Peru sweet onions ship during the major U.S. holidays. “Holiday times can generate incredible sales: Thanksgiving, Christmas and New Years are always great times to promote,” says Blume. “At Keystone, we work with our retailer partners on specifically-designed promotions to help maximize sales throughout the year, but especially during the fall and winter months.”
Produce sales increase during the holidays. “Holidays are when food consumption goes up,” says Bland. “That time is very important to any retail produce executive. There are lots of good uses of sweet onions during the holidays.”
COVID Helping Sales
While other stores may reduce the size of their sweet onion displays in the fall and winter, because of COVID demand and fewer people dining at restaurants, Food Circus/Food town continues erecting sizable displays. “With more people cooking at home, we are featuring more displays of that kind of product,” says Selletto. “We tend to feature bigger displays of the loose onions. Onions sold extremely well when the pandemic first hit. I am happy to report onions remain a hot number.”
That increased demand benefits sweet onions. “People use to think nothing of going out at night to eat,” says Bland. “With all the changes, people are eating at home continuously. Sweet onion sales are very good at the retail stores that are catering more to the home-cooked meals.”
The variety of packaging that importers utilize utilize to market sweet onions helps sales. “We offer a wide variety of packaging options for retailers such as large display bins, consumer bags, display-ready containers and cartons designed to create meal solution opportunities in the produce department and drive incremental sales,” says Shuman. “We believe our Real-Sweet Peruvian sweet onions are the premium sweet onion that allows retailers to provide the same quality of sweet onion to our customers year-round, helping them build sales and consistency in the category.”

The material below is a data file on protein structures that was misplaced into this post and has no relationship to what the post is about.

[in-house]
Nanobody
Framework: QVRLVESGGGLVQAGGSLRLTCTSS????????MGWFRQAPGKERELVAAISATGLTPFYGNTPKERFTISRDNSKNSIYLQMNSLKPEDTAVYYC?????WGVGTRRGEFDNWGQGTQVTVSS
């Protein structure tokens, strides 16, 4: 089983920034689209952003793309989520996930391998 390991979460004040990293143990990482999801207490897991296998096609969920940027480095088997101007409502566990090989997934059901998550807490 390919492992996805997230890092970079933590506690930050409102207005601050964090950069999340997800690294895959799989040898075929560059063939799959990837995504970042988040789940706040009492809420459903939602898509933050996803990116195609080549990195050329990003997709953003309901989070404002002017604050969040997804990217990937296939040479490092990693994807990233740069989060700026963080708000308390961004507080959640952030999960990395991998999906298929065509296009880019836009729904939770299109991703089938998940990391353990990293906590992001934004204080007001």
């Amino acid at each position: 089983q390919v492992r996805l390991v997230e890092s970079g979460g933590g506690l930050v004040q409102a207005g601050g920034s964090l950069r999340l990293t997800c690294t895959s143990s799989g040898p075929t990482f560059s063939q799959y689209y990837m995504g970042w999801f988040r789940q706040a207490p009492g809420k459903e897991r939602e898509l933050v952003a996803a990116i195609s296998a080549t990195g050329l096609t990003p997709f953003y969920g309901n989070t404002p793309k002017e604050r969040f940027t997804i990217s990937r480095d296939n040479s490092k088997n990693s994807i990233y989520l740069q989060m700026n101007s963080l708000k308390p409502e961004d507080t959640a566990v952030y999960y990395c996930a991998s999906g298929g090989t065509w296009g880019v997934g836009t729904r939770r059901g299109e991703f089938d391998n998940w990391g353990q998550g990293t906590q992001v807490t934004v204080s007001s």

“Peru is the best country by far to grow onions due to the land, the environment, the working conditions and how the government looks at exports”— Delbert Bland, Bland Farms
Sweet onions can be sold for $0.99 to $1.99 per-pound, with most common retails at $1.29 to $1.49, recommends Blume. “At these prices, they will sell,” he says.
Peru’s sweet onions also help in other ways. “Peru is the best country by far to grow onions due to the land, the environment, the working conditions and how the government looks at exports,” observes Bland.
Peru’s sweet onions are stand-ins for Vidalias, notes the Peru Trade Commission’s Munoz. “Among the varieties produced in the United States, the Vidalia onion stands out, grown especially in the state of Georgia, and its only limiting factor is its seasonality,” he says. “Although Peru could export as well in your season, if needed. The Peruvian sweet onion, which is similar to Vidalia, is the ideal substitute because its seasonality in Peru coincides with the window where American Vidalias are not available in the market.”
Peru sweet onions are also available in the marketplace during October, the month which shines attention on breast cancer awareness. For more than 25 years, the Pink Ribbon and the month of October have been associated with breast cancer awareness with the goal of raising funds for research and a cure.
In October, Shuman Farms will turn its sweet onion bags pink and offer display bins for an incremental sales opportunity in produce departments. It also creates in-store signage stores can use to boost sales by promoting the cancer-fighting antioxidants found in sweet onions. “We know that many people’s lives are impacted by breast cancer, and it is our privilege to be able to do our part, raise awareness and provide a donation to further research that will hopefully lead to a cure,” says Shuman.